Also in BookPage: A review of Garden Spells.
Coming to theaters near you this weekend: Diary of a Wimpy Kid, based on Jeff Kinney's best-selling middle-grade series. The movie hits theaters Friday, and the companion book, Movie Diary of a Wimpy Kid, is in libraries and bookstores today.
Judging from the trailer, the movie looks like a winning adaptation—likely to be a hit with the the 6- to 10-year-old set (and parents wondering how to pass the long hours of spring break).
Related in BookPage: Check out our Meet the Author featuring Jeff Kinney.
A few observations on books and reading after spending a week at the beach:
1. The number one book spotted on the beach/in airports/and everywhere else I looked: The Girl With the Dragon Tattoo by Stieg Larsson. If you need further evidence that this book has crossed from bestseller into phenomenon territory, take a trip.
2. If you're reading on a Kindle, you have to turn it off during airplane takeoff and landing—a total pain, especially if you've reached an exciting part of the book. If you're reading a good, old-fashioned paper-and-ink version, you can keep reading your book while the Kindle reader next to you squirms anxiously and awaits the announcement that personal electronic devices can be turned on.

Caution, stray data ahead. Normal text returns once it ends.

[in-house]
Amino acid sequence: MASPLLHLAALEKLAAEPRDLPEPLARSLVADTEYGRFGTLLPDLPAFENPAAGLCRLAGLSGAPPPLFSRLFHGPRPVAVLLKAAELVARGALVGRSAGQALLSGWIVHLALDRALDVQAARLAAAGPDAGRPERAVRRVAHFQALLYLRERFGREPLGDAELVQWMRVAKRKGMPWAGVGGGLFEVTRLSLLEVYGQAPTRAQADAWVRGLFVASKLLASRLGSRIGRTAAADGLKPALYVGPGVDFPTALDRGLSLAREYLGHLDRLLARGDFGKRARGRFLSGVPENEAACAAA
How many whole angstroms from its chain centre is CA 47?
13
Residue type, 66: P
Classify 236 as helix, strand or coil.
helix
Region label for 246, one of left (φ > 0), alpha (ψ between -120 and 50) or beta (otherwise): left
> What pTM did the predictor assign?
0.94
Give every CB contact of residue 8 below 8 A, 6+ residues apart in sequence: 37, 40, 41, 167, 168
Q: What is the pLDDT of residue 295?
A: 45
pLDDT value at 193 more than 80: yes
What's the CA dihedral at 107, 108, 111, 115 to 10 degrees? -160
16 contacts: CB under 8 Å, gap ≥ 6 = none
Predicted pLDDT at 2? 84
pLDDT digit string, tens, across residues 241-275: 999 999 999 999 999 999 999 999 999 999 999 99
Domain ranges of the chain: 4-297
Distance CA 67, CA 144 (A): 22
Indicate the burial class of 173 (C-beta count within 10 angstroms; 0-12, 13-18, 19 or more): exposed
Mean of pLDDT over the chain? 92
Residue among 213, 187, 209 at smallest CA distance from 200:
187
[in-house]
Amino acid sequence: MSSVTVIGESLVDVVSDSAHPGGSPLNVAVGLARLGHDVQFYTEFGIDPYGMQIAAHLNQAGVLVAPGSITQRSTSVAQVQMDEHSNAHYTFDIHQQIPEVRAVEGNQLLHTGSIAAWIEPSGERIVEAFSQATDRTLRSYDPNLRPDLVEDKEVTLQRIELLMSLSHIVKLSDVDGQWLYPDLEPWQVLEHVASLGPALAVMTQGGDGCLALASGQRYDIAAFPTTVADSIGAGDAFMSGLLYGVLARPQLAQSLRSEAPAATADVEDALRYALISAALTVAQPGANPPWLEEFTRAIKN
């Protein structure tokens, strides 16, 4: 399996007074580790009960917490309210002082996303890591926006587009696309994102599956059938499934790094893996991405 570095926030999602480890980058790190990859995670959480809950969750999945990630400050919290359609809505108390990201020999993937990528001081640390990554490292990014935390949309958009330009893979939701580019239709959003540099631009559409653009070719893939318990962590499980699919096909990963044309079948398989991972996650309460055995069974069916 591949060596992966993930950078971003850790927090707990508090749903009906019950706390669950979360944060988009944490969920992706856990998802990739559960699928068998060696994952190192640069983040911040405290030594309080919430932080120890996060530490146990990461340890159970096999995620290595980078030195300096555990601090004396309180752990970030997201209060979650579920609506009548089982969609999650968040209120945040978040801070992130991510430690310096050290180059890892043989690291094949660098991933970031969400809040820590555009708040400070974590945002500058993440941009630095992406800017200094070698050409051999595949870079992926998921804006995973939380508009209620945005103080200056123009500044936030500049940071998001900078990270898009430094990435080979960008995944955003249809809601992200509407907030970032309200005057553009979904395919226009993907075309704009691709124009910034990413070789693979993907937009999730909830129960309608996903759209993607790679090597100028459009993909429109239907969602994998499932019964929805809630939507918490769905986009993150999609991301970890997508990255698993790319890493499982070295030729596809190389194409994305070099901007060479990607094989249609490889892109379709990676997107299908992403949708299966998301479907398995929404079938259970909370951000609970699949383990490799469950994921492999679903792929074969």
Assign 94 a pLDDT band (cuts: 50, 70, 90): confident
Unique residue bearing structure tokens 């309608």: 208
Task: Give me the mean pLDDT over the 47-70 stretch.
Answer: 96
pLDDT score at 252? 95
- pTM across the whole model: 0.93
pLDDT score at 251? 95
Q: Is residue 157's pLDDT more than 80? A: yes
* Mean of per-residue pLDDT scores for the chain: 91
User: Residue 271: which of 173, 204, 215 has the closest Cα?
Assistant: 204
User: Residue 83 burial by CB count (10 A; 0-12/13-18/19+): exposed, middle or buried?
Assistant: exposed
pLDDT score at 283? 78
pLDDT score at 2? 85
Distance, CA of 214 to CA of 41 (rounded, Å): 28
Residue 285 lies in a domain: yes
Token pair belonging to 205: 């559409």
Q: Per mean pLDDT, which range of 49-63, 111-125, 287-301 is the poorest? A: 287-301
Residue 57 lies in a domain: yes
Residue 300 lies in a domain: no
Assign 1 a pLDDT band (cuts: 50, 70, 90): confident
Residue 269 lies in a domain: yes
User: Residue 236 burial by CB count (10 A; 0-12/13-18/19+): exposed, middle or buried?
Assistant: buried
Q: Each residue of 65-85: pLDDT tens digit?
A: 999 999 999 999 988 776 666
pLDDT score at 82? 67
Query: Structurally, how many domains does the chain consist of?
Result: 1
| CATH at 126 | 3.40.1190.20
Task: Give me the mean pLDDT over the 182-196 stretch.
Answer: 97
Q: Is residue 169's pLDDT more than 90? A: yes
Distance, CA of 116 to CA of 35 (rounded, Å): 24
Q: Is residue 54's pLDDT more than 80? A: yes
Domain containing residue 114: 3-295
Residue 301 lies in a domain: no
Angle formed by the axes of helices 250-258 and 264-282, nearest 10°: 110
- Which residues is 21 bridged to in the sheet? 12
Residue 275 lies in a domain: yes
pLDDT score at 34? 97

3. If your plane hits extreme turbulence over the Atlantic, you won't want to read either your Kindle or your old-fashioned book. You'll want to clutch the armrests with both hands and moan as quietly as possible.
4. Though it's widely reported that women read more than men, this doesn't hold true among travelers. In airports and on the beach, men are just as likely as women to be staring at a book (though the man is more likely to be sound asleep and pretending to read the book).
5. Having a book in your hand is a great conversation starter among strangers.
6. Sand can be used effectively as a bookmark.
Don’t miss this week’s fresh content on BookPage.com. Click the book titles to read more:
Every week, there are many smart, funny and fascinating posts in the book blog community. With that in mind, we’re starting a Friday series: Best of the week in book blogs. Below are a few choice posts we’ve stumbled upon throughout the past few days. Feel free to add YOUR favorite book blog posts in the comments.
“I dare you not to sing along ...”
Posted by She is Too Fond of Books